(d) ATC authorizations. An operator may deviate from any provision of this section under the provisions of an ATC authorization issued by the ATC facility having jurisdiction of the airspace concerned. In the case of an inoperative transponder, ATC may immediately approve an operation within a Class A airspace area allowing flight to continue, if desired, to the airport of ultimate destination, including any intermediate stops, or to proceed to a place where suitable repairs can be made, or both. Requests for deviation from any provision of this section must be submitted in writing, at least 4 days before the proposed operation. ATC may authorize a deviation on a continuing basis or for an individual flight.
Steve Sliwa wrote:
I also spotted online at link that in order for a glider pilot to be assigned an ATC code other than standard ones (1200, 7500, 7600, 0r 7700) that the pilot must have an airplane instrument rating.
Steve Sliwa wrote:
I also searched about experimental aircraft:
Re. Instrument Flight
Like all aircraft, an amateur-built experimental aircraft must be properly equipped before it can be operated under IFR rules [91.205]. This is confirmed in FAA Order 8130.2D Chg 1, para 134, which states that: "(7) [During "Phase 1" Flight Test Period] the aircraft is to be operated under Visual Flight Rules (VFR), day only. (8) After completion of phase I flight testing, unless appropriately equipped for night and/or instrument flight in accordance with § 91.205, this aircraft is to be operated under VFR, day only. ...(28) The pilot in command of this aircraft shall notify air traffic control of the experimental nature of this aircraft when operating into or out of airports with an operational control tower. When filing IFR, the experimental nature of this aircraft shall be listed in the remarks section of the flight plan."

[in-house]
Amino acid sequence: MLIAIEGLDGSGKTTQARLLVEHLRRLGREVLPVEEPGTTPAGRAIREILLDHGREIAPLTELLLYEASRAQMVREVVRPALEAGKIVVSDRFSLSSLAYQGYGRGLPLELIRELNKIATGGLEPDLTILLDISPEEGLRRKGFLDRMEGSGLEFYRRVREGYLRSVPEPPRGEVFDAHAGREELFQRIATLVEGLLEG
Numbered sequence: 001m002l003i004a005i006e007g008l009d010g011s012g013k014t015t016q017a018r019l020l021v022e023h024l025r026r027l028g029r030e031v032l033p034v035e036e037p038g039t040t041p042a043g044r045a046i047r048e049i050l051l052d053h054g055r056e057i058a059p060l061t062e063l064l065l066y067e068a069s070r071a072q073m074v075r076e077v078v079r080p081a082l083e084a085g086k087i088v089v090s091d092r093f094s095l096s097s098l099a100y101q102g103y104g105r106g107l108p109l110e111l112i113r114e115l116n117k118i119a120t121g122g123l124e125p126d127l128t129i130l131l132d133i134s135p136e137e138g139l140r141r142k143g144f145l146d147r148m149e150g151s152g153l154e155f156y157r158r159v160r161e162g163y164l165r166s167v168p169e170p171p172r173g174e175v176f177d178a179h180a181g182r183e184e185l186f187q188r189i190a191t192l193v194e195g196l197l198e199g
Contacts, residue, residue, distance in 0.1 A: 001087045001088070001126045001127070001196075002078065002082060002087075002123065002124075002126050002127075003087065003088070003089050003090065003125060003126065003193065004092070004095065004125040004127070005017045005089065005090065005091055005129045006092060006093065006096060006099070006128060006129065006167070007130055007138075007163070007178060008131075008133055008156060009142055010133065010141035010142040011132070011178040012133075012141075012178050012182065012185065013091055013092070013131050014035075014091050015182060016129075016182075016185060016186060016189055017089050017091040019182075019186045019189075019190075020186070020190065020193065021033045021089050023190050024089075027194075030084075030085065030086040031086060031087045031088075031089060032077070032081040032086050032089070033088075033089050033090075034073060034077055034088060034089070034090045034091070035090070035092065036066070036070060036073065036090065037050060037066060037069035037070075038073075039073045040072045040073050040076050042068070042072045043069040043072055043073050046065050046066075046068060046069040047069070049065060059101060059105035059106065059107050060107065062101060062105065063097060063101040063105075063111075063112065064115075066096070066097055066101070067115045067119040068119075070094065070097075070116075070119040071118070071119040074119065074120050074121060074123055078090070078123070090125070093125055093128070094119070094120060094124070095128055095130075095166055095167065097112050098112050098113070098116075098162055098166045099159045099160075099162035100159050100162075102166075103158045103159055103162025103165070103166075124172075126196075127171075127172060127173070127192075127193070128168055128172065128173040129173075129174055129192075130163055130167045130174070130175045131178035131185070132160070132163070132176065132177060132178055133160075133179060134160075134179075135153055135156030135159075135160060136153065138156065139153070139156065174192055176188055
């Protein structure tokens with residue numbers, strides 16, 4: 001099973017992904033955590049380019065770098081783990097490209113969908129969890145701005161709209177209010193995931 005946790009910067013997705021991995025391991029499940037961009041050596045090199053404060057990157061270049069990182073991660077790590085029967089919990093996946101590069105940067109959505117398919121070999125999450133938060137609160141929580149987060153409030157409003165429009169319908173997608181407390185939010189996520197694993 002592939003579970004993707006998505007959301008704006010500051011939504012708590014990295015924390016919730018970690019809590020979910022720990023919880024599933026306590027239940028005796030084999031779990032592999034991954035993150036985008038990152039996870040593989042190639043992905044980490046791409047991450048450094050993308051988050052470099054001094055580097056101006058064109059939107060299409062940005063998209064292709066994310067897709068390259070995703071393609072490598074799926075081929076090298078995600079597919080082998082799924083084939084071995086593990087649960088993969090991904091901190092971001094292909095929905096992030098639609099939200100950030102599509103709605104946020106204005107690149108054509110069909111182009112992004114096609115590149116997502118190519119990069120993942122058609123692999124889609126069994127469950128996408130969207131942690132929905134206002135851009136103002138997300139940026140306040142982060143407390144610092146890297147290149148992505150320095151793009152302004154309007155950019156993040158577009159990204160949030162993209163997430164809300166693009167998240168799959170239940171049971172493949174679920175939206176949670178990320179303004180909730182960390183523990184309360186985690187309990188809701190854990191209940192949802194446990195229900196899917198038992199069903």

Steve Sliwa wrote:
Here is a more complete answer: link
Basically it states that to fly IFR in a regular basis your type certificate must not rule it out and that you have the proper equipment, proper ratings, and proper clearance.
I don't see anything in our generalized type certificate that limits operations to Day VFR but have not searched the log books and other manuals carefully. I was expecting to see a limitation of Day VFR but have not found it.
I know that XimangoUSA is working with a customer to get a Night VFR approval for a new bird due in the US this year.
Ron Snedecor wrote:
Note 2 in the Ximango Type Certificate states "The placards listed in the Flight Manual must be displayed. A complete listing of all placards is shown in the applicable Maintenance Manuals". My manual requires a placard that states "Day VFR Only".
In the FAR's under Recent Flight Experience 61.57 (c)(2) says "For the purpose of obtaining instrument experience in a glider, performed and logged under actual or simulated instrument conditions-- (i) At least 3 hours of instrument time in flight. of which 1-1/2 hours may be acquired in an airplane or a glider if no passengers are to be carried; or (ii) 3 hours of instrument time in flight in a glider if a passenger is to be carried". There is more about instrument proficiency in a glider under paragraph (d)(1)(iii).